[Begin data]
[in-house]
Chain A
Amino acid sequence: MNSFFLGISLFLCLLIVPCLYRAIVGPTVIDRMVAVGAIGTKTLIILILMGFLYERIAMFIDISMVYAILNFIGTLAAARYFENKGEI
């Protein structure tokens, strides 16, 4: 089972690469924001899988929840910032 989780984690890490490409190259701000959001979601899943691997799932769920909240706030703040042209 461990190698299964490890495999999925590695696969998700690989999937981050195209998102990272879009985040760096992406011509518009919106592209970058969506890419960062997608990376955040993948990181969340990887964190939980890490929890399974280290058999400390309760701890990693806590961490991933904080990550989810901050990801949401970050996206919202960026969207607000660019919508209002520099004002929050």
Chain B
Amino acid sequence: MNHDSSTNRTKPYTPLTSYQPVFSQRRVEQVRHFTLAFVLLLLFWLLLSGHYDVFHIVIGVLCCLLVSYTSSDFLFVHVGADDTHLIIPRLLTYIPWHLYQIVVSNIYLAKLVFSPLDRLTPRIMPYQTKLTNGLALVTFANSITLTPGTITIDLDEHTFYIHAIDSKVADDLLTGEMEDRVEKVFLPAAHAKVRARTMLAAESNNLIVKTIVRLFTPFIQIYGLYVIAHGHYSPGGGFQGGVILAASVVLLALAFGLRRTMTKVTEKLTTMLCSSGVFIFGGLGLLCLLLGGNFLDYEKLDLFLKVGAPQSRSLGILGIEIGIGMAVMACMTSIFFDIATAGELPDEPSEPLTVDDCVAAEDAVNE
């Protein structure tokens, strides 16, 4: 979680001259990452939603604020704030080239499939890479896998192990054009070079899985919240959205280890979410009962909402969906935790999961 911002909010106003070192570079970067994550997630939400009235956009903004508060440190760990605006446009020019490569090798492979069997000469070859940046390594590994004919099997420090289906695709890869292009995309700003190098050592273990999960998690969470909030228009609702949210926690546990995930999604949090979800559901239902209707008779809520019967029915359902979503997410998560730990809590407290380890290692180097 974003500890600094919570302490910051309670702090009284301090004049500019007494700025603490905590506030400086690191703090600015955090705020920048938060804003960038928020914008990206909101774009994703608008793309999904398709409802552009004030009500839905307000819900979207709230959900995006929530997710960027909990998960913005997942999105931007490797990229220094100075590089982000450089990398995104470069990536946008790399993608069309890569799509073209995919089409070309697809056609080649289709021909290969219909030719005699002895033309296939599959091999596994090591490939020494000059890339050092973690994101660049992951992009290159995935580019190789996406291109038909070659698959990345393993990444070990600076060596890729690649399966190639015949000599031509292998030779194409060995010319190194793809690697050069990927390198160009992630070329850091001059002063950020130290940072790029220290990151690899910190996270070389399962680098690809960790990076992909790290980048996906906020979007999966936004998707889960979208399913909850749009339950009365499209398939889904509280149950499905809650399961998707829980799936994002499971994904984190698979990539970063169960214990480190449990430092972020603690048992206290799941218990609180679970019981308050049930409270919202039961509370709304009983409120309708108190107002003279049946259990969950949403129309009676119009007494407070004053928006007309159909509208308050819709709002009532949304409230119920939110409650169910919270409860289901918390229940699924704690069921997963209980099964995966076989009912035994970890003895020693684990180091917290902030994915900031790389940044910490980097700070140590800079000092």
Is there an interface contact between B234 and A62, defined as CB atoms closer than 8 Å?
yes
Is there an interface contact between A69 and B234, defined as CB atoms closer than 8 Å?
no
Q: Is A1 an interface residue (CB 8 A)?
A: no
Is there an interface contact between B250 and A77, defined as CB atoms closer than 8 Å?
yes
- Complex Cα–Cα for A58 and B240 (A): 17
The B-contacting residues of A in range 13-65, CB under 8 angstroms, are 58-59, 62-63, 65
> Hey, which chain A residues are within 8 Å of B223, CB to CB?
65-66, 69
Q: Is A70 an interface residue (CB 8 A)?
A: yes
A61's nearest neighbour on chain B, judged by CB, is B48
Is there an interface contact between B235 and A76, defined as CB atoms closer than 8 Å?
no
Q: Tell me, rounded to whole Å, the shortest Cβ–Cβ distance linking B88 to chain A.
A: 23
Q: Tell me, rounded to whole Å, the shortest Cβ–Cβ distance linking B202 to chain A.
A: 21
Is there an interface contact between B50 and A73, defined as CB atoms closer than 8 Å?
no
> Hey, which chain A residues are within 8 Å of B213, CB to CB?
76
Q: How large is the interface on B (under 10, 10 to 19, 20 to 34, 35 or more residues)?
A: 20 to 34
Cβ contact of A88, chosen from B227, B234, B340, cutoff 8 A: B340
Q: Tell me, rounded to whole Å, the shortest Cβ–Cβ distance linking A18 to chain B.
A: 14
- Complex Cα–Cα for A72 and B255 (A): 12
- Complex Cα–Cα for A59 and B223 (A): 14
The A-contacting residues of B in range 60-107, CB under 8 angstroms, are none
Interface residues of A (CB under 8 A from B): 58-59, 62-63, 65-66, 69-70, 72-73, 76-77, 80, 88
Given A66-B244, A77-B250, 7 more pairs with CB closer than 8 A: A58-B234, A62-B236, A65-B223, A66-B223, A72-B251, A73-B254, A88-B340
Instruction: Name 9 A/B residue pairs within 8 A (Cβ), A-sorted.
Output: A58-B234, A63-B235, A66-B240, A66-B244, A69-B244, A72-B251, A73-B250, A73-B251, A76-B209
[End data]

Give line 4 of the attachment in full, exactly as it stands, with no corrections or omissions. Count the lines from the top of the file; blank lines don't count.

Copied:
């Protein structure tokens, strides 16, 4: 089972690469924001899988929840910032 989780984690890490490409190259701000959001979601899943691997799932769920909240706030703040042209 461990190698299964490890495999999925590695696969998700690989999937981050195209998102990272879009985040760096992406011509518009919106592209970058969506890419960062997608990376955040993948990181969340990887964190939980890490929890399974280290058999400390309760701890990693806590961490991933904080990550989810901050990801949401970050996206919202960026969207607000660019919508209002520099004002929050």